Medical concerns range from some which are chronic and worsened after the floods, such as gastrointestinal issues and severe malnutrition, to those which have developed post-floods, such as severe skin diseases. Dengue, malaria, and pneumonia continue to spread. Women consistently speak of migraines, insomnia, and anxiety. Many mention their inability to sleep, think, move, function, and are battling debilitating depression.
It quickly became evident to me that the government fails to provide basic services within the shelters. NGOs say that government employees want a share of any food or aid provided to IDPs, with the justification that the floods spared no one.
Government employees told me their own homes had drowned. They said they faced salary cuts, and they wondered who their salaries are now feeding: the people they see starving in their shelters, or the officials sitting in Karachi.
The arrival of a military truck carrying aid sparked scenes of desperation: Survivors attacked it, hanging off it, throwing rocks at it. Officers threw food in the air and people scrambled to catch it. Eventually, the truck hurried away again, sending people diving out of the way.
The relief worker I was with cursed the officers: “They don’t know how to give aid… this is not how things are done.”
But it’s the military, which has by far the largest resources in the country, that’s running the flood relief operation. Without basic training or understanding of how to provide aid to communities and engage in humanitarian interventions, many of their efforts appeared to be inefficient or wasted.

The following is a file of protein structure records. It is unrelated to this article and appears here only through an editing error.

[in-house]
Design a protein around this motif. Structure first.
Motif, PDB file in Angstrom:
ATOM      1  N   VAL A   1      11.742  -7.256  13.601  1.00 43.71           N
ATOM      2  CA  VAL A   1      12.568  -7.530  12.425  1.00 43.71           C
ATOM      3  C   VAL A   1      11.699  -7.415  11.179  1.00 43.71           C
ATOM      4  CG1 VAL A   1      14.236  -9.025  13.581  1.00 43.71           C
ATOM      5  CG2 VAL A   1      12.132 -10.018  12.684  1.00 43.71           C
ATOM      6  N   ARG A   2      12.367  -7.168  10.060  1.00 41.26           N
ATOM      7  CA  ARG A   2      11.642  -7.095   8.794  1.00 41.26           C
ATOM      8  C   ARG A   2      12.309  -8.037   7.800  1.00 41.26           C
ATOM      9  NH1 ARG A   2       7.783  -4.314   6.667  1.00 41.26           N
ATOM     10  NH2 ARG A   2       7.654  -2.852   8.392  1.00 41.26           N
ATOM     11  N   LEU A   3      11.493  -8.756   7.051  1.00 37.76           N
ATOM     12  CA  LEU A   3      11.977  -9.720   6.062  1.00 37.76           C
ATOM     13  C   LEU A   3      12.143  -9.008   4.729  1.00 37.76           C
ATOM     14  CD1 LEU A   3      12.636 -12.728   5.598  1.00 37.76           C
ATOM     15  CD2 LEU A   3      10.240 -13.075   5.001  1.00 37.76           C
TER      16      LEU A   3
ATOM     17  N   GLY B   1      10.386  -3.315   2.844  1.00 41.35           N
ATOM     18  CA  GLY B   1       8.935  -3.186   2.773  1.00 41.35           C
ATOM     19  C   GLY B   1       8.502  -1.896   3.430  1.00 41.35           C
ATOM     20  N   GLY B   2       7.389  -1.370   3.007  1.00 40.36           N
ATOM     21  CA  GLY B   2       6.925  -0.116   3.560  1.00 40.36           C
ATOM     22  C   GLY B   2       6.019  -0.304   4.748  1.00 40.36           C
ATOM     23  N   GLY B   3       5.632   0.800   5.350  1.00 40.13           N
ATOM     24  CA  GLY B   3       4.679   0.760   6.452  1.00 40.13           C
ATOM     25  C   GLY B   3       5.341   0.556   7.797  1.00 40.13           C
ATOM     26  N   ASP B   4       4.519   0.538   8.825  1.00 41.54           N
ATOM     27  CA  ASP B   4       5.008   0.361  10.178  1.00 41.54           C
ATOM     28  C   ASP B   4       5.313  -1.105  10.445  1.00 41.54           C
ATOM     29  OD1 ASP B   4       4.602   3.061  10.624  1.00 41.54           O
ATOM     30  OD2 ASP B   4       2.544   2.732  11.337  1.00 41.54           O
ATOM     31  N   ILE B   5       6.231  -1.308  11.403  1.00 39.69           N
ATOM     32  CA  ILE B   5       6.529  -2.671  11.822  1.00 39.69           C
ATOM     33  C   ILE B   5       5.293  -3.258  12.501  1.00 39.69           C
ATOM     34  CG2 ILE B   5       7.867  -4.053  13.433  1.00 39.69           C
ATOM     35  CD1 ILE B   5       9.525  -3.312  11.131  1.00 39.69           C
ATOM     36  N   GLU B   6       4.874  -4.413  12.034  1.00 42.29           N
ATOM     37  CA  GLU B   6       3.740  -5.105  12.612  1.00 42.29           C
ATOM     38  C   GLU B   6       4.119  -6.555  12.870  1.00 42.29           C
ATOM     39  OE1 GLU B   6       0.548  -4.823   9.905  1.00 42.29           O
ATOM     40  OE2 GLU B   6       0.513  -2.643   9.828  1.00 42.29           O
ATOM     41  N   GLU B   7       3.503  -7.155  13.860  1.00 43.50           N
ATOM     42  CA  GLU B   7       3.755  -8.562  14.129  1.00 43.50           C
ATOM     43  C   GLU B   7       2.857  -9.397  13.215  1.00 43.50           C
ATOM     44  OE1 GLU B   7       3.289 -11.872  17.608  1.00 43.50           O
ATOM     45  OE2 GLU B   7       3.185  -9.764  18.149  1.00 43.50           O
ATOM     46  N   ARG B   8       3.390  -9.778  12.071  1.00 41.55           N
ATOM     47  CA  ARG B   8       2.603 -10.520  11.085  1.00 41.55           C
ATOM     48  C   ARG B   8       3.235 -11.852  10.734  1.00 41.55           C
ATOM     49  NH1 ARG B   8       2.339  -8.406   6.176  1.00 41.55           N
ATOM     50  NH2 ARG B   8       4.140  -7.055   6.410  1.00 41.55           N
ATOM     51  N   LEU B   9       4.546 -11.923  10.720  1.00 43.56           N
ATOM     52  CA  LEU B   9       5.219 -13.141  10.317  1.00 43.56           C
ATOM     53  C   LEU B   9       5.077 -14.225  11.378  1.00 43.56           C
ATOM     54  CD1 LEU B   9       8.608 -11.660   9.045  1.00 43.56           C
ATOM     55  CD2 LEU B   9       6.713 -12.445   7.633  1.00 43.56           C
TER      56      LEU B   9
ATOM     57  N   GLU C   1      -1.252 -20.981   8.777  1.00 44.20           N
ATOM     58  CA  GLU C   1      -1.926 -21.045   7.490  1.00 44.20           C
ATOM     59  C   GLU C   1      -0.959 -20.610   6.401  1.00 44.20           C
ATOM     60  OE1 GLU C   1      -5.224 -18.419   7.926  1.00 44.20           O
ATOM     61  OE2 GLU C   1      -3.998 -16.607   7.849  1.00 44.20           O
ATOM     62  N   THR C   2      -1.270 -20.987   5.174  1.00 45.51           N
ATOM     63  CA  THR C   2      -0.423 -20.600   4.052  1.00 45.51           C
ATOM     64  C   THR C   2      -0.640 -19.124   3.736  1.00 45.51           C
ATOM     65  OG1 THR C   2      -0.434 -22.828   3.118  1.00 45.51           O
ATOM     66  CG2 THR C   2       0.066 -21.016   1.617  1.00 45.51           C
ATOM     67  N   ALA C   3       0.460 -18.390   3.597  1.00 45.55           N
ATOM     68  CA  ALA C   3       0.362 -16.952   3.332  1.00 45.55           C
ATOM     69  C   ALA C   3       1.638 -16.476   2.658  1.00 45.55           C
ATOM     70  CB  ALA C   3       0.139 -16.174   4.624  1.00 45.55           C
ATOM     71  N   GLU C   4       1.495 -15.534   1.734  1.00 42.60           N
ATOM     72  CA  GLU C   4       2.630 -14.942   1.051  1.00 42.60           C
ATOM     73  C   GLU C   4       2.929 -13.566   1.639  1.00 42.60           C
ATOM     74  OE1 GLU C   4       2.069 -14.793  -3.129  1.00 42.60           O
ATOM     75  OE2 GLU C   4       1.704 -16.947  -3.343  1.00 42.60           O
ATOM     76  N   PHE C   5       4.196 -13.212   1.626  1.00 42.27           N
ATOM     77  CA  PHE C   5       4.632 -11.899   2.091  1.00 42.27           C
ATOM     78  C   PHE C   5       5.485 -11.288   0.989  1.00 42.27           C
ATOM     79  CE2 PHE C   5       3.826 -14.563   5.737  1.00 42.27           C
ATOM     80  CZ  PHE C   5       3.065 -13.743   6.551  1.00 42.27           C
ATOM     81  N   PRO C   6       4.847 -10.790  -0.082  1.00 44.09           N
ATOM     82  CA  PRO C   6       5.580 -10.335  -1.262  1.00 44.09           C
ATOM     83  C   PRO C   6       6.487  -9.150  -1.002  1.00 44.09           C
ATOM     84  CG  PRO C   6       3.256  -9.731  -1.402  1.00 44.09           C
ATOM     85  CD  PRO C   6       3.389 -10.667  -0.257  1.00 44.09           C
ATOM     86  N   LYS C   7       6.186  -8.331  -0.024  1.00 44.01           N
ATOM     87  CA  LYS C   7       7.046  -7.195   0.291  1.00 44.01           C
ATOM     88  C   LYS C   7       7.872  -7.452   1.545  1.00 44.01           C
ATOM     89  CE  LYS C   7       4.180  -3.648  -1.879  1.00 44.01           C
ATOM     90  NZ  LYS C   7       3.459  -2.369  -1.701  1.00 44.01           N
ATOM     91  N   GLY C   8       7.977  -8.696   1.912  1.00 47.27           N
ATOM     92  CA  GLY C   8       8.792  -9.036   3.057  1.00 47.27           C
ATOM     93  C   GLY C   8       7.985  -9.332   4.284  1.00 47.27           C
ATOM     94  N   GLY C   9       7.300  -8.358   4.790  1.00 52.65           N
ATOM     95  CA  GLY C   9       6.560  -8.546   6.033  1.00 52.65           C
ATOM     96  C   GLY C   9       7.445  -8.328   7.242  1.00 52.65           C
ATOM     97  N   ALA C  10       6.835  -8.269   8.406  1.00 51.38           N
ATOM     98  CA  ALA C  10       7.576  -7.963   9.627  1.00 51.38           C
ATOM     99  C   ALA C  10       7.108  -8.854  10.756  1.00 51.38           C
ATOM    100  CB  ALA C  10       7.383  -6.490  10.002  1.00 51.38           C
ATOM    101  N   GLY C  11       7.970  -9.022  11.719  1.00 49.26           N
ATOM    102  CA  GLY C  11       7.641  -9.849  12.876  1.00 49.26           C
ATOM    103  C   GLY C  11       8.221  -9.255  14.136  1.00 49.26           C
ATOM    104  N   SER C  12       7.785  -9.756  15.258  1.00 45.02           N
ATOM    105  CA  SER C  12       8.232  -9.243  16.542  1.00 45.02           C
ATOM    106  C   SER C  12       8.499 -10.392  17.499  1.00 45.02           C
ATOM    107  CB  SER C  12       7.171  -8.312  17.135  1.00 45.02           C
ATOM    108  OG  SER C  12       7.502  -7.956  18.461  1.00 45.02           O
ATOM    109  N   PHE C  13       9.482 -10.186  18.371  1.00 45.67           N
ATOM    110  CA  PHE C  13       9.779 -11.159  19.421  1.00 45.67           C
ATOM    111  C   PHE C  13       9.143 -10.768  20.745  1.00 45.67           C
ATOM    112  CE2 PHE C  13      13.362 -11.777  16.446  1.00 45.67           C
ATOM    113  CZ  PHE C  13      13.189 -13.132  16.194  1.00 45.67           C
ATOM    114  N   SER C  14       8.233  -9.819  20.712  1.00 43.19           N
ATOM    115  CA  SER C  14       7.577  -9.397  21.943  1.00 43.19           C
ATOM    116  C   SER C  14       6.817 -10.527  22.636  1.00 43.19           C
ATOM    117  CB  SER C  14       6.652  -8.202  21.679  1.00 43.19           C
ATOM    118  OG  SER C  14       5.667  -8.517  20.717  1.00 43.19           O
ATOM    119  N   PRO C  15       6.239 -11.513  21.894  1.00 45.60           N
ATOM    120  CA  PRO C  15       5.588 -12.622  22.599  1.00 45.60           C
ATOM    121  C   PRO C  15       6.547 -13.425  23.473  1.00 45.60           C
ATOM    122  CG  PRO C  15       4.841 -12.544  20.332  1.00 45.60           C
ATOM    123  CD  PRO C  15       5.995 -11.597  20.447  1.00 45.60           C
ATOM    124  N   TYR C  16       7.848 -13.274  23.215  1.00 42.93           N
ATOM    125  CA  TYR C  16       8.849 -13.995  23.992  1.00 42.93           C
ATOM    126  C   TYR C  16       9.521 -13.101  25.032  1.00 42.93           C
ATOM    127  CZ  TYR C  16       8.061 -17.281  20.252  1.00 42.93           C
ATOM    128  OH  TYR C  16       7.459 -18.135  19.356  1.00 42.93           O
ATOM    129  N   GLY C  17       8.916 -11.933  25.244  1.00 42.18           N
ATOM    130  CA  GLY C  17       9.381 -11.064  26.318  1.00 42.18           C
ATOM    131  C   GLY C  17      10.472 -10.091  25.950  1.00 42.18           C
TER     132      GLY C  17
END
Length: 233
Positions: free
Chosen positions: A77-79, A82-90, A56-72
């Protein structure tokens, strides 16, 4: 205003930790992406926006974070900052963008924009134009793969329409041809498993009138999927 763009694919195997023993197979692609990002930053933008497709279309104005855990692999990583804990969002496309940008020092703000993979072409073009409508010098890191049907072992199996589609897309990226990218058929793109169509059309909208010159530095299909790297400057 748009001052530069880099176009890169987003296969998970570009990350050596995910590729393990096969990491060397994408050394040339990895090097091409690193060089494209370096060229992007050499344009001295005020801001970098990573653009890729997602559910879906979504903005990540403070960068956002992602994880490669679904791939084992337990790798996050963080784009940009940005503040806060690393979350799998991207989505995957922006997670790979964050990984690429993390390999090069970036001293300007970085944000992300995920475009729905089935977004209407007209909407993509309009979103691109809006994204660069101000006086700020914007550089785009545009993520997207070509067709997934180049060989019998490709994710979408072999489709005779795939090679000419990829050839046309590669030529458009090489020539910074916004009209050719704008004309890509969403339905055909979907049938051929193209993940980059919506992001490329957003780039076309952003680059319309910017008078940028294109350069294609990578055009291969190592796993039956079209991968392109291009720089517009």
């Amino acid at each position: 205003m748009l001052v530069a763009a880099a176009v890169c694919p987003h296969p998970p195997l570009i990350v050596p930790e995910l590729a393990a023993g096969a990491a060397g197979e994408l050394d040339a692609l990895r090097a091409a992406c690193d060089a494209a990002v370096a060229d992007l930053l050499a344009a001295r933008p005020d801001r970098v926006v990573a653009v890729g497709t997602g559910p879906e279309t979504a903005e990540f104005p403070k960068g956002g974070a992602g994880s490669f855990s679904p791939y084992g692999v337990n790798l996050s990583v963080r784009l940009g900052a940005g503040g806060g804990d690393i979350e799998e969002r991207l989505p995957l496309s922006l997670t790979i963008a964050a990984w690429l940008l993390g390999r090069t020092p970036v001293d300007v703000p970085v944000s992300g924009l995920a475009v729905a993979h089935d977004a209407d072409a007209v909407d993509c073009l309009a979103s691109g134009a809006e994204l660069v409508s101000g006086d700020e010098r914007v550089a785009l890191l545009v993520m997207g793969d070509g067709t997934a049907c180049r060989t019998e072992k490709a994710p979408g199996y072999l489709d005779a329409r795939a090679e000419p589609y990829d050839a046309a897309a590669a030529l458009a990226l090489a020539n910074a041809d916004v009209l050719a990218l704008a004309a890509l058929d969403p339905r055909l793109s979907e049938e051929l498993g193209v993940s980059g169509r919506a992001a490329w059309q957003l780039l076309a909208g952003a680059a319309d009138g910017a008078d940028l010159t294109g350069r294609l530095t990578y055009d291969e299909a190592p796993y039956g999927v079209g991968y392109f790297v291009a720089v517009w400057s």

And where the establishment does intervene, it’s often counter-productive. Many of the international NGOs that had provided key services during the 2010 floods have since had to close their offices in Pakistan.
Since 2011, the security establishment has set up a highly regulated regime for NGOs with several levels of interior ministry approval. NGOs with any international links are heavily scrutinised and operationally restricted. As a result, Pakistan had lost trained manpower, infrastructure, funding, and expertise by the time it was most needed. And even the local organisations still engaged in flood response continue to have to fulfil onerous verification requirements during this emergency.
What I witnessed in Sindh – the scale of Pakistan’s recent floods and a wholesale inability to respond – must be a wake-up call to the state to address structural and systemic problems.
Loss and damage funding – if indeed the money is forthcoming – is all well and good, but it can only go so far. Unless the government grabs hold of its responsibility to improve baseline development, flood response, and emergency aid, the inevitable disasters of the future will continue to see needless pain and loss of life.
Edited by Abby Seiff.